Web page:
Types of situational marketing

Types of situational marketing

There are two most common classifications of situational marketing. Depending on how and through what channels situational content is distributed, advertising can be:

  • Banner. In this case, marketers play up current events and post the created content in volumetric graphic images to attract attention in most public places. Modern banners or digital signs, called digital signage, allow you to update and change advertising messages in real-time. For example, a banner can directly display situational content and then demonstrate the latest changes in product prices. In addition, digital signage, screens or displays posted in shopping centers, bus stops, cafes and restaurants, airports, and other places can be equipped with elements of interactivity, such as clicking, swiping, hovering the cursor, and even going to the official website of the store. As a result, this increases efficiency by attracting and retaining user attention.

  • Posts on social networks. Usually, situational marketing, such as memes and similar humorous content, is produced specifically for social networks like Twitter or Instagram. Linking to a well-known news hook will allow your post to go viral, increasing subscribers' reach and engagement. SMM specialists can also use popular online trends and special hashtags to attract new audiences.

  • Contextual advertising. That's what they call a type of targeted online advertising. When displayed, keywords and the web page's content are considered. This involves placing advertisements using specialized automated systems that display content relevant to the site's subject, ensuring it's engaging and valuable to users.

  • Contextual advertising acts selectively and is therefore considered one of the most effective.

  • Newsletters. The probability that the user will notice and read the letter increases if it is related to a high-profile event or contains humorous content.

  • Offline. Situational offline marketing involves updating product designs to align with significant upcoming events or those already occurring. For example, Coca-Cola, considered a giant of situational marketing, released a series of drinks with the image of "Star Wars" heroes for the release of one of the films in the film franchise. Many companies make similar series or product design updates on the eve of holidays such as Valentine's Day, Christmas, or March 8th.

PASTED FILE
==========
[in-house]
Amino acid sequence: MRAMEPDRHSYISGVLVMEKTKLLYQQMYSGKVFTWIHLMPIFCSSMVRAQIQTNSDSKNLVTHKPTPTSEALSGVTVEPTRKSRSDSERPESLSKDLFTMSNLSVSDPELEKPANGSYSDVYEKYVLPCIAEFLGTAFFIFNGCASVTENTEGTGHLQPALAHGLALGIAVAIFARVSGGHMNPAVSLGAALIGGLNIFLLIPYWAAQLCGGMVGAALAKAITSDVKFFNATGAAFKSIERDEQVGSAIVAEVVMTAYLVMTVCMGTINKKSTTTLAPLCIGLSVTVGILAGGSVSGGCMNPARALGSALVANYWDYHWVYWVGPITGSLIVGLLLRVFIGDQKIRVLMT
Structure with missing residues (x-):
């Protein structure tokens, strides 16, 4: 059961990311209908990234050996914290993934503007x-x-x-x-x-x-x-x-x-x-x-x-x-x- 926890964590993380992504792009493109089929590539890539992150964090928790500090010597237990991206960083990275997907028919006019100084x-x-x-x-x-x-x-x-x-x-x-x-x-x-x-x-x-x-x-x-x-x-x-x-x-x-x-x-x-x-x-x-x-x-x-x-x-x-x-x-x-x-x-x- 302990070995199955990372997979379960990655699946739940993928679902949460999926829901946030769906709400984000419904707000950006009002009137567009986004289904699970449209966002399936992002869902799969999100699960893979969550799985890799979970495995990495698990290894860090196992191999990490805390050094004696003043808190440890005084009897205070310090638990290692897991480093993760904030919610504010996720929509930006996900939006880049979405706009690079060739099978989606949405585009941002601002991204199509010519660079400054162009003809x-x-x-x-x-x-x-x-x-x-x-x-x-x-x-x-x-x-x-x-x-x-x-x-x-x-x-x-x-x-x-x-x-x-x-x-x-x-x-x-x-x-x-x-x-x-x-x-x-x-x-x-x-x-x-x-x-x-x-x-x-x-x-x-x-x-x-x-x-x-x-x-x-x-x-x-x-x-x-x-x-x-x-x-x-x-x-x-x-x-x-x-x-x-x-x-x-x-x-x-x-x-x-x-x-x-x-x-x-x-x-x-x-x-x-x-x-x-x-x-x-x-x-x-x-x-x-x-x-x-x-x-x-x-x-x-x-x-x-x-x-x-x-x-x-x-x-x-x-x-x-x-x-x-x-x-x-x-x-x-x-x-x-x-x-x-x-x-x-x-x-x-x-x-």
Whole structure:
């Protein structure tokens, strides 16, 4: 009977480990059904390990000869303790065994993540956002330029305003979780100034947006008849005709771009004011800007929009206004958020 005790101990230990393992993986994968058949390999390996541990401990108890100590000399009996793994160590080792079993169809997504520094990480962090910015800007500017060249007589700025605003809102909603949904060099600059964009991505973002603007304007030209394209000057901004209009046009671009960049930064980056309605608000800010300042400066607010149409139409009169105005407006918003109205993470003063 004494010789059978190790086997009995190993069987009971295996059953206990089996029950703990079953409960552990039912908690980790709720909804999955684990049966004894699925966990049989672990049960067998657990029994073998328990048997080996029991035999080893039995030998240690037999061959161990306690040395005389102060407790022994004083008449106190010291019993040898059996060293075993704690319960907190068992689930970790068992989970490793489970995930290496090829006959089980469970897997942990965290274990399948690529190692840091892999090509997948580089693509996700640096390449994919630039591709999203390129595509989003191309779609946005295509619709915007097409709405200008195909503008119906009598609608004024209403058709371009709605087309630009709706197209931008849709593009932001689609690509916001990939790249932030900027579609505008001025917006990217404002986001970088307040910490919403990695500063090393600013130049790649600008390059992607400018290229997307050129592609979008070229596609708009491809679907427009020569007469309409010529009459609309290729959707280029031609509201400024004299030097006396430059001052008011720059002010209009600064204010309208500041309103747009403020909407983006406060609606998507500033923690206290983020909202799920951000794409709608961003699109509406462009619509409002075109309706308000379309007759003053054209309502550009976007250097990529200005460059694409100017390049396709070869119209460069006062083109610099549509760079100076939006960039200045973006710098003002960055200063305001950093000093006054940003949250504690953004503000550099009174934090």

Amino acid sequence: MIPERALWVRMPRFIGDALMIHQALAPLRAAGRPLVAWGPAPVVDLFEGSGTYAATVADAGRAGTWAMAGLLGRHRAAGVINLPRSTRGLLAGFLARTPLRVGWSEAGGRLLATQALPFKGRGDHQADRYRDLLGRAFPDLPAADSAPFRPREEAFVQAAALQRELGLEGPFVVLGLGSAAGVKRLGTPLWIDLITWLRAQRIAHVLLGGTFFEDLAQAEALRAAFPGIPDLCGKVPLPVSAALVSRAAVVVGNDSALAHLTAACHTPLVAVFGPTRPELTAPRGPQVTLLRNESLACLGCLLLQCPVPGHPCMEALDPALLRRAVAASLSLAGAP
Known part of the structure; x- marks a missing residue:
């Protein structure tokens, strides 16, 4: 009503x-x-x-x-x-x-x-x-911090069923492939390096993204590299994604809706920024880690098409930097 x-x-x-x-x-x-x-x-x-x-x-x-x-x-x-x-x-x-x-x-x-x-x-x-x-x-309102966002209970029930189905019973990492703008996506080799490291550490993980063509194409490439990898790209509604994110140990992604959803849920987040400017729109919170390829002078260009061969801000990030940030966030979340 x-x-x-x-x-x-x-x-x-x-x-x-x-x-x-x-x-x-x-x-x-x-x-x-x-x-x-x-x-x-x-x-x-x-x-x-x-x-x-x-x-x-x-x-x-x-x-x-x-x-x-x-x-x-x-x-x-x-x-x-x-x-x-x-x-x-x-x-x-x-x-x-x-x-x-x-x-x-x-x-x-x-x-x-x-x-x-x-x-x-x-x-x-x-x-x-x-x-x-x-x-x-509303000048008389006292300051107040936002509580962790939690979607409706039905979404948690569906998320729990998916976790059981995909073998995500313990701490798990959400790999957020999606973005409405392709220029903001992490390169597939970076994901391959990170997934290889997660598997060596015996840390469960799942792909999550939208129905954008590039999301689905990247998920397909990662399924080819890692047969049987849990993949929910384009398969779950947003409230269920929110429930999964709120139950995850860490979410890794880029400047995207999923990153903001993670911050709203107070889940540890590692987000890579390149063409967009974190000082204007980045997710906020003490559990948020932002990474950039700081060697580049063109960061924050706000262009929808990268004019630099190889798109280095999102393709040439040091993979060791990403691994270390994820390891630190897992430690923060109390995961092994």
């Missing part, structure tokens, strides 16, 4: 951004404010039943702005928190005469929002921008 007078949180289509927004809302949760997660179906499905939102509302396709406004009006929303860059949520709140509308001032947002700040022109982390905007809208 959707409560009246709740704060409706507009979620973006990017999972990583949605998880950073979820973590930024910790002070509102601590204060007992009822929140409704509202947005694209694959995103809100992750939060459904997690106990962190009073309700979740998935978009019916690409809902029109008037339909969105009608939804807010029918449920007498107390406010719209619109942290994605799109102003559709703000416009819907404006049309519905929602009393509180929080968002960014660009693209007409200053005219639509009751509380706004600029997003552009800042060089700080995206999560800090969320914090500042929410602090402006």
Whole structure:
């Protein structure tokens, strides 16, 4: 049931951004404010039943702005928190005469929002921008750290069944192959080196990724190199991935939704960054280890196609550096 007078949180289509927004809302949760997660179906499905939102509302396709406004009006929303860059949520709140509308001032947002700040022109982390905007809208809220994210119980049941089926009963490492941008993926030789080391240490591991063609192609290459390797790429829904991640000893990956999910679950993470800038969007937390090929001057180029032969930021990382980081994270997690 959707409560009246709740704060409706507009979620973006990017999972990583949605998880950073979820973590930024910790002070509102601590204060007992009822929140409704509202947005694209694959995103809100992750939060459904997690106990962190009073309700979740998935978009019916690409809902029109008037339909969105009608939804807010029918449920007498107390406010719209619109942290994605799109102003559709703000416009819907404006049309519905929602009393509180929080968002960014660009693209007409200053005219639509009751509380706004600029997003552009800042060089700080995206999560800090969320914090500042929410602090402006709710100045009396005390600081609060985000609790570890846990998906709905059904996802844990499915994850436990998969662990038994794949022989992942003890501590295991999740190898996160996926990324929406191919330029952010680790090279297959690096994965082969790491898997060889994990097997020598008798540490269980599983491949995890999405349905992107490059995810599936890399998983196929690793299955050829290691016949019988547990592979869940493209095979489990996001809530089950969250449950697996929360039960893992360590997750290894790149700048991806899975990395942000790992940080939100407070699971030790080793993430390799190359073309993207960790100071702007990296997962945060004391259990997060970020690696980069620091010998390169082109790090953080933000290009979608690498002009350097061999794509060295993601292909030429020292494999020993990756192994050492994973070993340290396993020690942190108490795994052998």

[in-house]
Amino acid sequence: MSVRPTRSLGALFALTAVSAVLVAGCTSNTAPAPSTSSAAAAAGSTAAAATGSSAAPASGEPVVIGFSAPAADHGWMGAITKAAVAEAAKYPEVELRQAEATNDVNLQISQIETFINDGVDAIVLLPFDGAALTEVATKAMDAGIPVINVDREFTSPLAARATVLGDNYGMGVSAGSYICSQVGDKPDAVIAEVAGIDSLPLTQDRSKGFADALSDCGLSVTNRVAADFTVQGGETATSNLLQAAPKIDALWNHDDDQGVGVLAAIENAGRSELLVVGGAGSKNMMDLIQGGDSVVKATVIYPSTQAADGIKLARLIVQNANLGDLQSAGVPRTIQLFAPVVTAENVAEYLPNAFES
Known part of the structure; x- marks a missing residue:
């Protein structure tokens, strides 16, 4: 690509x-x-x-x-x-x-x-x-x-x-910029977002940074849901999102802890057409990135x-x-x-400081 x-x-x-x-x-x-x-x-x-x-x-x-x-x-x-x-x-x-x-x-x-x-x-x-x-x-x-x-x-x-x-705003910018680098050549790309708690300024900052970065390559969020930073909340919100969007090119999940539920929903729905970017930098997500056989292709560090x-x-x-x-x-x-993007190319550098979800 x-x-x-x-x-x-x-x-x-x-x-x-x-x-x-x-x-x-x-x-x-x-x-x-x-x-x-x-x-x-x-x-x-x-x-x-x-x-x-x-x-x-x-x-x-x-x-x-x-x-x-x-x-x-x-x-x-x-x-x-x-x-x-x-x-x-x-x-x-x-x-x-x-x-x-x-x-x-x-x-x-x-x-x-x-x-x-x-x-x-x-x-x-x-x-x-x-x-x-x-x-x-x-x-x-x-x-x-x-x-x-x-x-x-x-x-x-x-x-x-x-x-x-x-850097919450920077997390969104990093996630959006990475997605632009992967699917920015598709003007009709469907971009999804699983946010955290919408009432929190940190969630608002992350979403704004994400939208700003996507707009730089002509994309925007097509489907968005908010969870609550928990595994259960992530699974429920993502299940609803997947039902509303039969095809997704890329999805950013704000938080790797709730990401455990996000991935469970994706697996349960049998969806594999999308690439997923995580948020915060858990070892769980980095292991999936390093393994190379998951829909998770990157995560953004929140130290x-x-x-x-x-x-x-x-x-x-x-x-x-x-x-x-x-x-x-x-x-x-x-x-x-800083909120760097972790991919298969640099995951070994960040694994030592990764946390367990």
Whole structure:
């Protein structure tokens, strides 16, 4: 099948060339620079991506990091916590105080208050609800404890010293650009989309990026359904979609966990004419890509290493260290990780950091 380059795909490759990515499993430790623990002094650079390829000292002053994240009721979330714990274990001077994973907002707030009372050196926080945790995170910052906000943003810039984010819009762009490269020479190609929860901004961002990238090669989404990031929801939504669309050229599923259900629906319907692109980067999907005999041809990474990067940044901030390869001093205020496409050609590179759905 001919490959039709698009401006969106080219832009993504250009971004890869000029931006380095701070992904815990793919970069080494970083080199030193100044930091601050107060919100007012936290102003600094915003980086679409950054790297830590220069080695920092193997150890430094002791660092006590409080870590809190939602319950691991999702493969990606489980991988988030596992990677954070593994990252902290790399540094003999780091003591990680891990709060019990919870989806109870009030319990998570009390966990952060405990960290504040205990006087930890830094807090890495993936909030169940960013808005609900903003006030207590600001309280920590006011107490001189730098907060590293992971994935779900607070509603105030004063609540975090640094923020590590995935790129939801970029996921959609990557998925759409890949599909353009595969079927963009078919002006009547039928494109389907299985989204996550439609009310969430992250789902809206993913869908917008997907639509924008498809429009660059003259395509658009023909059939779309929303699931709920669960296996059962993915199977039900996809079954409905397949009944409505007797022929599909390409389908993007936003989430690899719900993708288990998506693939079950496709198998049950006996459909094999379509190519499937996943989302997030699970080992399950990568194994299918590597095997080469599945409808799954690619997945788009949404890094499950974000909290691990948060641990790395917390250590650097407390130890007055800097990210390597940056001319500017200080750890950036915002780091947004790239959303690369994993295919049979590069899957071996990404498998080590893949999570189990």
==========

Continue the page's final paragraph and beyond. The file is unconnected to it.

In addition, situational marketing also differs based on its informational premise:

  • holidays and memorable dates;

  • global and domestic news;

  • sporting events;

  • charity events and community events;

  • film premieres, literary novelties, and the like;

  • cultural trends (for example, fashion trends or flash mobs on social networks);

  • loud statements by famous personalities or scandals among stars;

  • events within the company (for example, company birthday, opening one branch, launch of a new product line).

Where and how to look for informational hooks

Where and how to look for informational hooks

Thus, any event significant to the audience can serve as an informational occasion or news hook. To always stay "on topic" and not miss an exciting occasion, you need to monitor several sources of information constantly:

  • News media feeds. It is vital to keep your finger on the pulse of current events by monitoring the news market feeds of several news agencies at once or selecting the most significant news items for the company and adapting them to your product. The main thing is to use reputable and verified sources.

  • Social networks and forums. Many social networks have separate sections with news that should be monitored regularly. Thematic forums can become a treasure trove searching for relevant and pressing issues. In addition, on the Internet, you can find the most exciting and popular trends that will help promote the brand's offerings. However, it is essential to remember that memes and trends are only relevant for a certain period, so situational marketing must be prompt and timely.

  • Platforms for finding relevant content. Special platforms provide popularity statistics and hashtags, namely the number of their views and frequency of use. Most often, services such as Feedly, Pocket, and Reddit are used so that marketers and SMM specialists can ensure whether a particular news hook will be relevant.

  • Monitoring and analytics tools. Many programs and online services, such as Popsters or SMMBox, offer tools for monitoring social media and news sites. Setting up tools to track specific keywords or phrases lets you keep abreast of news and events related to the company's industry.

  • Collaboration with influencers and experts. The knowledge and opinions of experts in the company's industry can become a proven source of information about current and upcoming events and trends. Such cooperation with influencers will allow you to keep abreast of the latest news and upcoming events to leverage them in situational marketing.

How to use situational marketing correctly

Here are several basic rules which, when adhered to, allow situational marketing to yield the expected results, enhance brand recognition, and attract new clients:

Rule #1: Stay tuned to current events

Stay updated with the latest news and trends on social networks and other relevant information sources. This will allow you to quickly detect such an information cue that can be used to promote the brand, its products, or services. Remember the news selection criteria:

  • The news should be of interest to the target audience, clients, and consumers of the brand's products;

  • The news should influence the company, the industry, or competitors' activities. For example, an event may directly concern the brand's audience;